About one year ago, Shields developed his Web site, www.sooweather.com, which covers regions from Sault Ste. Marie to Wawa in the north, across to Chapleau and along the North Shore to Elliot Lake. In that short period of time, the site has grown from several hundred hits a day to more than 10,000 a day, with many repeat visitors.
In pursuit of a colourful calling
Like many artists, Frances Thomas (BFA ’98) tried a lot of things and travelled around before deciding that the difficult life of an artist was her true calling, wrote The Edmonton Journal Dec. 29. Born and raised in Parry Sound, Ont., she dabbled with art beginning in the ’70s but finally received her bachelor of fine arts from York University in 1998. She made ends meet working for a drug and alcohol rehabilitation program and later as program coordinator for the MacLaren Arts Centre, but when her department was cut, she made her choice. "It was now or never. I decided to take the leap and I’ve been doing it ever since."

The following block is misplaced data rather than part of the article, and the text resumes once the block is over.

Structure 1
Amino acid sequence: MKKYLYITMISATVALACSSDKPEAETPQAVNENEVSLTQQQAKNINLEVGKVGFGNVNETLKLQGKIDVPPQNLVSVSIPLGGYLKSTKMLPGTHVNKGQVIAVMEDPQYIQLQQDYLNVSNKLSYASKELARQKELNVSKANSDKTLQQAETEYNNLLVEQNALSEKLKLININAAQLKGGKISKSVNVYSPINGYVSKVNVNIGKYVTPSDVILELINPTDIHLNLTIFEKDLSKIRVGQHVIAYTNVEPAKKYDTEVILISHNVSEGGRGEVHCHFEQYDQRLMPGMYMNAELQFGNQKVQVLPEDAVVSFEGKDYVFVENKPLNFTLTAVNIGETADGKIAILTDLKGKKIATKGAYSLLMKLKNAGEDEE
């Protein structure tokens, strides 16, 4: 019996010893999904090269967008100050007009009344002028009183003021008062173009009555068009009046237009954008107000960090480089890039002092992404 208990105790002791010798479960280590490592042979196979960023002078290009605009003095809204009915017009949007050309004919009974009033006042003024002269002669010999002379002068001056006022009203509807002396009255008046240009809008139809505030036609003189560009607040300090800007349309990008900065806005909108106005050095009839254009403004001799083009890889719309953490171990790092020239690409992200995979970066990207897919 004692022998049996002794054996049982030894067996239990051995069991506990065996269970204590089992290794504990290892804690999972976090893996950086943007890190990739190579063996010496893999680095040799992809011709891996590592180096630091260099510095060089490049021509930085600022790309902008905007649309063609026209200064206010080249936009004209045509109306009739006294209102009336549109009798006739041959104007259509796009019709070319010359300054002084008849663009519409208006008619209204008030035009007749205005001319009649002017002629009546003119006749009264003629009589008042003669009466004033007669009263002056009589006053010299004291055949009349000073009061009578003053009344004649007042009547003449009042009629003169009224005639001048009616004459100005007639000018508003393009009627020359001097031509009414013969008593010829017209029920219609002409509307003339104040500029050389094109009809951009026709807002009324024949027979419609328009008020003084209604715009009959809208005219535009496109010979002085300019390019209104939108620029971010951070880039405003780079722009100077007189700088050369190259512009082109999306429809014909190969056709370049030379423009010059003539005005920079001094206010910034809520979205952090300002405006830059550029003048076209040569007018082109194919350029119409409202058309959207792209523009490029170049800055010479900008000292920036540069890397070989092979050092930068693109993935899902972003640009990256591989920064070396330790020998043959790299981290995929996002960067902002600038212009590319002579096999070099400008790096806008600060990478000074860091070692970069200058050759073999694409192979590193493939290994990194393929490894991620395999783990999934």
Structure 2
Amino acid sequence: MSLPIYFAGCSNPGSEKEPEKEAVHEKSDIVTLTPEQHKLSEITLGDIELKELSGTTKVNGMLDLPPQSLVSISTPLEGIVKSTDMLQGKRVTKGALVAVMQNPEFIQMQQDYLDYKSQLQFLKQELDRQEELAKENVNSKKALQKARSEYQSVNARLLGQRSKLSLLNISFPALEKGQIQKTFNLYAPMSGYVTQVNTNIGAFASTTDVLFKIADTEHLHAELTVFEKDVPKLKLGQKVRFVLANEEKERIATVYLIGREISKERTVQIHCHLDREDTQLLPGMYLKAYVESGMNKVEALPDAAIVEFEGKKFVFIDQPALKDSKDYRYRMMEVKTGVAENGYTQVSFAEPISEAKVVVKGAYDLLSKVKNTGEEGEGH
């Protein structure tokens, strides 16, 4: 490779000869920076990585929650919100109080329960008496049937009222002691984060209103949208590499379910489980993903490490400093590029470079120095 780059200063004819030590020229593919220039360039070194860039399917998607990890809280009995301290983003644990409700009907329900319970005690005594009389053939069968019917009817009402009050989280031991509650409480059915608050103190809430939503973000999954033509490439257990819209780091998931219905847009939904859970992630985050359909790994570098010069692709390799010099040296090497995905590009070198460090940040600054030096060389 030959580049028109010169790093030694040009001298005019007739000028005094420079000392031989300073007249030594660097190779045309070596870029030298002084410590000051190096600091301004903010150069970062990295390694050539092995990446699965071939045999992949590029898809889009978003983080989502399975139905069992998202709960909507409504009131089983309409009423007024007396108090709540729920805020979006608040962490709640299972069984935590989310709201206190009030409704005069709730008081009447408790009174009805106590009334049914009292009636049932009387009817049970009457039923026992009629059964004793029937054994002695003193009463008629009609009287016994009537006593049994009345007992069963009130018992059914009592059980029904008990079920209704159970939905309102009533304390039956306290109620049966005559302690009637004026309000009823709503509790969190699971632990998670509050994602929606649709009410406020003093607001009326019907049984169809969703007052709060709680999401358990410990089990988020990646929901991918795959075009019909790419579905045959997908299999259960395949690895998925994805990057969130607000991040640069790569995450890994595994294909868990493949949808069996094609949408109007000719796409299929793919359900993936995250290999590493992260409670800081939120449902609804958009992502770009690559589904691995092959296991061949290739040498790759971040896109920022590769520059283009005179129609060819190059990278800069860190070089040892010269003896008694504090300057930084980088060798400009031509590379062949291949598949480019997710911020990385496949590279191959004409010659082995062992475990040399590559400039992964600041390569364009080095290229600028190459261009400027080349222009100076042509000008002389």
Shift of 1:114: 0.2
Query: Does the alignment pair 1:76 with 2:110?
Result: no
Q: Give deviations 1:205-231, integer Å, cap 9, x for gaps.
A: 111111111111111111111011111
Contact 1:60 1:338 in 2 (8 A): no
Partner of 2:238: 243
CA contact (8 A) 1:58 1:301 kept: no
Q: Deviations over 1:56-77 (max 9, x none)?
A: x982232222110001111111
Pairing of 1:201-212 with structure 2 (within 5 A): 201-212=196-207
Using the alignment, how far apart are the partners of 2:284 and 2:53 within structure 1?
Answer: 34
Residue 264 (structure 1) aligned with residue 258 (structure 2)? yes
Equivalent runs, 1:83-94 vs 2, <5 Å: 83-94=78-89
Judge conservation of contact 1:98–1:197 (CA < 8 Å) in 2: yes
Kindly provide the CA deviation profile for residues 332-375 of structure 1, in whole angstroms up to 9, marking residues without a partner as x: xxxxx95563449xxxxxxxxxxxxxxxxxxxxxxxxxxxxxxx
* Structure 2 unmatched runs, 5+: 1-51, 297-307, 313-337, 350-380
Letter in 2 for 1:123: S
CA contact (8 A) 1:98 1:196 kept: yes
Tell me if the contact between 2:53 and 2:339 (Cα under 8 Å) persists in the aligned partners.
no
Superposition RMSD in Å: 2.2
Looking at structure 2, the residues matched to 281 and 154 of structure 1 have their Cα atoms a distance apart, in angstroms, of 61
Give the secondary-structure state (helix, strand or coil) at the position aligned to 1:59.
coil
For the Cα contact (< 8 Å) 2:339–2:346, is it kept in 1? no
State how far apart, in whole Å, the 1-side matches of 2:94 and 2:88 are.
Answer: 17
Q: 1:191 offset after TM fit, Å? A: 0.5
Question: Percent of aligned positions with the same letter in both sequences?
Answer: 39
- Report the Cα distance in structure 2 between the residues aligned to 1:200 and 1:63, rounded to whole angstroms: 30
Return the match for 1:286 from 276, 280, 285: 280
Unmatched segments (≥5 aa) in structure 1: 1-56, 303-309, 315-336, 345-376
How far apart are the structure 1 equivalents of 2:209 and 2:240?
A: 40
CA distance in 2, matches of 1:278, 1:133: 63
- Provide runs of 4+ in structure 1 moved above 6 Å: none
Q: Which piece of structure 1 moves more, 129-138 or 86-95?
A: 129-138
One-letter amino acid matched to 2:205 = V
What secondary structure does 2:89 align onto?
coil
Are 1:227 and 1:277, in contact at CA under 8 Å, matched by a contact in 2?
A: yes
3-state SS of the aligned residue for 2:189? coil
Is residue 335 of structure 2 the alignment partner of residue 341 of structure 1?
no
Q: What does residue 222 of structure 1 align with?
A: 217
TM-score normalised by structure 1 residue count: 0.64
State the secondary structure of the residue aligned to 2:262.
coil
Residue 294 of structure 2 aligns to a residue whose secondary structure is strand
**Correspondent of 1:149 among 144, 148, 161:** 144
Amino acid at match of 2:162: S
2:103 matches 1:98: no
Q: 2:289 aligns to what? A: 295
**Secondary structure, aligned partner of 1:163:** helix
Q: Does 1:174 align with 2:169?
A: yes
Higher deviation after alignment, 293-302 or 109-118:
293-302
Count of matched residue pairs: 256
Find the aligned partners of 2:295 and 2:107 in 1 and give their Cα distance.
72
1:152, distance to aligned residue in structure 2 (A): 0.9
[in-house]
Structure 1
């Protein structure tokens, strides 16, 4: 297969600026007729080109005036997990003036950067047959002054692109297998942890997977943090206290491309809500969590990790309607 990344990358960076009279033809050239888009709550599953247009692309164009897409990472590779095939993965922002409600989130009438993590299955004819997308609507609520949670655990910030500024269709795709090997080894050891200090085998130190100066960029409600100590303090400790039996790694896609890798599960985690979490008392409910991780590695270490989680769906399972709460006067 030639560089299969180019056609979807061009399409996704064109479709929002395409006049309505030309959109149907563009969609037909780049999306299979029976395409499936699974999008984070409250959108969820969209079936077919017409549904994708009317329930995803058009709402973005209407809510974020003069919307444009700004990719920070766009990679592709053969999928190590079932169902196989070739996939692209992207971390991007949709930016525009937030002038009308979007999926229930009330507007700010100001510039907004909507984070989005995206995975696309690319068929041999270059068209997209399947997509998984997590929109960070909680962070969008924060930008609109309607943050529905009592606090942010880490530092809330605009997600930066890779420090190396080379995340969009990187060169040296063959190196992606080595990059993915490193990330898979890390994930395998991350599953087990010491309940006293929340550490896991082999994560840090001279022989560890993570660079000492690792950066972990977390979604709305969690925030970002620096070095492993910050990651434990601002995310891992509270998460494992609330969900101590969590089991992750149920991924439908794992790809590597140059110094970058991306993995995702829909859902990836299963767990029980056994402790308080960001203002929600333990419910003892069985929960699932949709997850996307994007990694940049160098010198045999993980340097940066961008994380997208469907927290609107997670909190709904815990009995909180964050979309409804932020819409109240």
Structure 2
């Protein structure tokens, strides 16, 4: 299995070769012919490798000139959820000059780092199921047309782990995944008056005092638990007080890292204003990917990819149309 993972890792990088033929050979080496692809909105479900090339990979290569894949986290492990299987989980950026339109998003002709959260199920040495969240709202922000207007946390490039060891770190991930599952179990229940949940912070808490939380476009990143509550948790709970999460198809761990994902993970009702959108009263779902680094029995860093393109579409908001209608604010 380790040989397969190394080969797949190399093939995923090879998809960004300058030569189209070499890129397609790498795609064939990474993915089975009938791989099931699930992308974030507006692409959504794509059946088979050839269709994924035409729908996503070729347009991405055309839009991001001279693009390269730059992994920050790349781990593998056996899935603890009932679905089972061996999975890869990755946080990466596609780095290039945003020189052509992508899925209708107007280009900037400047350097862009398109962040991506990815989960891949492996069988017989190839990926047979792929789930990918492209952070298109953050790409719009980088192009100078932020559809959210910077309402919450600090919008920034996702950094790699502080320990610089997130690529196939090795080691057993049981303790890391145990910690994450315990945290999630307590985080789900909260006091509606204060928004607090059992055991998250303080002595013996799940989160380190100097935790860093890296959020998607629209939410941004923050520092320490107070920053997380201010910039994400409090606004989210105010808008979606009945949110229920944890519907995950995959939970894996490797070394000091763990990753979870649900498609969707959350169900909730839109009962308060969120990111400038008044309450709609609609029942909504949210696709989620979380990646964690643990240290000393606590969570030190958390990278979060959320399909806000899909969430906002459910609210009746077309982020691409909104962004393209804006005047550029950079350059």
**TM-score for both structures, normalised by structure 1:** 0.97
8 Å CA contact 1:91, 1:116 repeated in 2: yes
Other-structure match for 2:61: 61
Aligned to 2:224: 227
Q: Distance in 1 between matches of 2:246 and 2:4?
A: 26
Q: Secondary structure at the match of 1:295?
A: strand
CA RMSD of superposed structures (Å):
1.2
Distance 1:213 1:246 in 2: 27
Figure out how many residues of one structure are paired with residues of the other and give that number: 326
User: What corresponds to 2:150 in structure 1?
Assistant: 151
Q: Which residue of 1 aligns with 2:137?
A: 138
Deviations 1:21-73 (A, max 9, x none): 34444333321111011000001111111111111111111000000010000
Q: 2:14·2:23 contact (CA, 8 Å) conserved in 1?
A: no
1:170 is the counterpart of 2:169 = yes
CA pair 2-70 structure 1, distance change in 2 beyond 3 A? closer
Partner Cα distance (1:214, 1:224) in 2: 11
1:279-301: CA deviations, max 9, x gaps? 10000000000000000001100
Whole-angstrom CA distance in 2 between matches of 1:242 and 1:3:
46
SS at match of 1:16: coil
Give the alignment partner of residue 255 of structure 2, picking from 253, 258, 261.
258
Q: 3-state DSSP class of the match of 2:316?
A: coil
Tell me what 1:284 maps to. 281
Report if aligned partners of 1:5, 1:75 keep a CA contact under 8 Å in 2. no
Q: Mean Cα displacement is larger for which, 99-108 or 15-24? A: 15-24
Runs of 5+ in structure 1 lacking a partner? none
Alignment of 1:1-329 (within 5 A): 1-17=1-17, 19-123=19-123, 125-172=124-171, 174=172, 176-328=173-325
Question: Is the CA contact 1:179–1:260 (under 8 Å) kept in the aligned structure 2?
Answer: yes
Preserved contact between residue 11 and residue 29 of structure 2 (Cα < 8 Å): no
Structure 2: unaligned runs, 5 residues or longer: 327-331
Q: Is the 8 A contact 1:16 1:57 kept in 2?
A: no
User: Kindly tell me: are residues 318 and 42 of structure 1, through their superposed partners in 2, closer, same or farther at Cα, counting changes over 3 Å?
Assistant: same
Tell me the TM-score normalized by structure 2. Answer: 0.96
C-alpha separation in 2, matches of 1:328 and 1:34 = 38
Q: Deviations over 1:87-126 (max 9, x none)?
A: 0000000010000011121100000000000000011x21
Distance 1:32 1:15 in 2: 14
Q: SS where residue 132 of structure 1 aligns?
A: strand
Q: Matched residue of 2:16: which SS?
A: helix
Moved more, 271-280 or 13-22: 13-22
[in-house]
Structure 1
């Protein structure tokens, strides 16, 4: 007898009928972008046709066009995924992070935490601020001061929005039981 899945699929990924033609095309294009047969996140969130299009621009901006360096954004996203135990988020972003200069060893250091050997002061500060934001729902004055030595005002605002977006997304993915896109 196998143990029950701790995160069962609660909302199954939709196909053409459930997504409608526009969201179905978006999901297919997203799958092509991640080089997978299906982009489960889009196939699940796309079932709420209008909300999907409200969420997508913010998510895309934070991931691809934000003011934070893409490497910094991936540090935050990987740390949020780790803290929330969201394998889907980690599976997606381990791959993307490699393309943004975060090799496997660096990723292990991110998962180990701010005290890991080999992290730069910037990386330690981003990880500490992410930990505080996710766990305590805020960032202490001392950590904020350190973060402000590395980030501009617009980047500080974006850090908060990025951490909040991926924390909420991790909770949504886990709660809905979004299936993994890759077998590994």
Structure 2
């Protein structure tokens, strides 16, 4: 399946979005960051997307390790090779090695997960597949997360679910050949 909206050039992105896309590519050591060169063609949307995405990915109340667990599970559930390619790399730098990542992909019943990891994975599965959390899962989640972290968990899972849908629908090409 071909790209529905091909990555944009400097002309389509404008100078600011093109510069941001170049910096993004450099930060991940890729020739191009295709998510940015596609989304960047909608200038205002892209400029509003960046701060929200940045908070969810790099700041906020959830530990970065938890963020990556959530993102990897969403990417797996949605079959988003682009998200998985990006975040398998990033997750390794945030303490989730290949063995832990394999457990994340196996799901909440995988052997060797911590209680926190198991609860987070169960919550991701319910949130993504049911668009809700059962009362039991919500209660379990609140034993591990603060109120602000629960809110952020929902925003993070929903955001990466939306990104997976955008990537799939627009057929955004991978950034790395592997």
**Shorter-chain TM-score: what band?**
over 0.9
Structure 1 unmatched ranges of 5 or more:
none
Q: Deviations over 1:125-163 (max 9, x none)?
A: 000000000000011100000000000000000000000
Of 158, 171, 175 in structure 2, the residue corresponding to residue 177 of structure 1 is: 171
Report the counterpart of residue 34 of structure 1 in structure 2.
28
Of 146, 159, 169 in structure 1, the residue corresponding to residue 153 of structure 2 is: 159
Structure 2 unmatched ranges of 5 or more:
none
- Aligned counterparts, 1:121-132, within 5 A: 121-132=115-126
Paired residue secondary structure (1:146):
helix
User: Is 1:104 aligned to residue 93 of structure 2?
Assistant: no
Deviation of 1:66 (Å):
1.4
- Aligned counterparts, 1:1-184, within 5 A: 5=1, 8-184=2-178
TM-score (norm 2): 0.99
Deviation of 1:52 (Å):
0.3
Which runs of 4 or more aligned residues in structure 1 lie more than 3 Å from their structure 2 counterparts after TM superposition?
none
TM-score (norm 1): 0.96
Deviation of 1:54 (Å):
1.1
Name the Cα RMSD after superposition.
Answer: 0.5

New Milton concert band will be led by York alumnus
Fronting the Milton Concert Band will be musical director Joseph Resendes (BFA ‘04), a composer and woodwind musician who has performed in the GTA-area for more than a decade, reported the Milton Canadian Champion Dec. 29. Resendes is currently an instructor in the Music Department in York’s Faculty of Fine Arts.
- Fred Lazar, economics professor in York’s Schulich School of Business, spoke about a dispute between a First Nations job agency and the federal tax collector, on CBC Radio in Toronto and across the country Jan. 3.
- Barbara Oliveira, a member of the York Portuguese Students Association, spoke about achievements during 2006 on CFMT’s “Telejornal” (Portuguese) Jan. 3.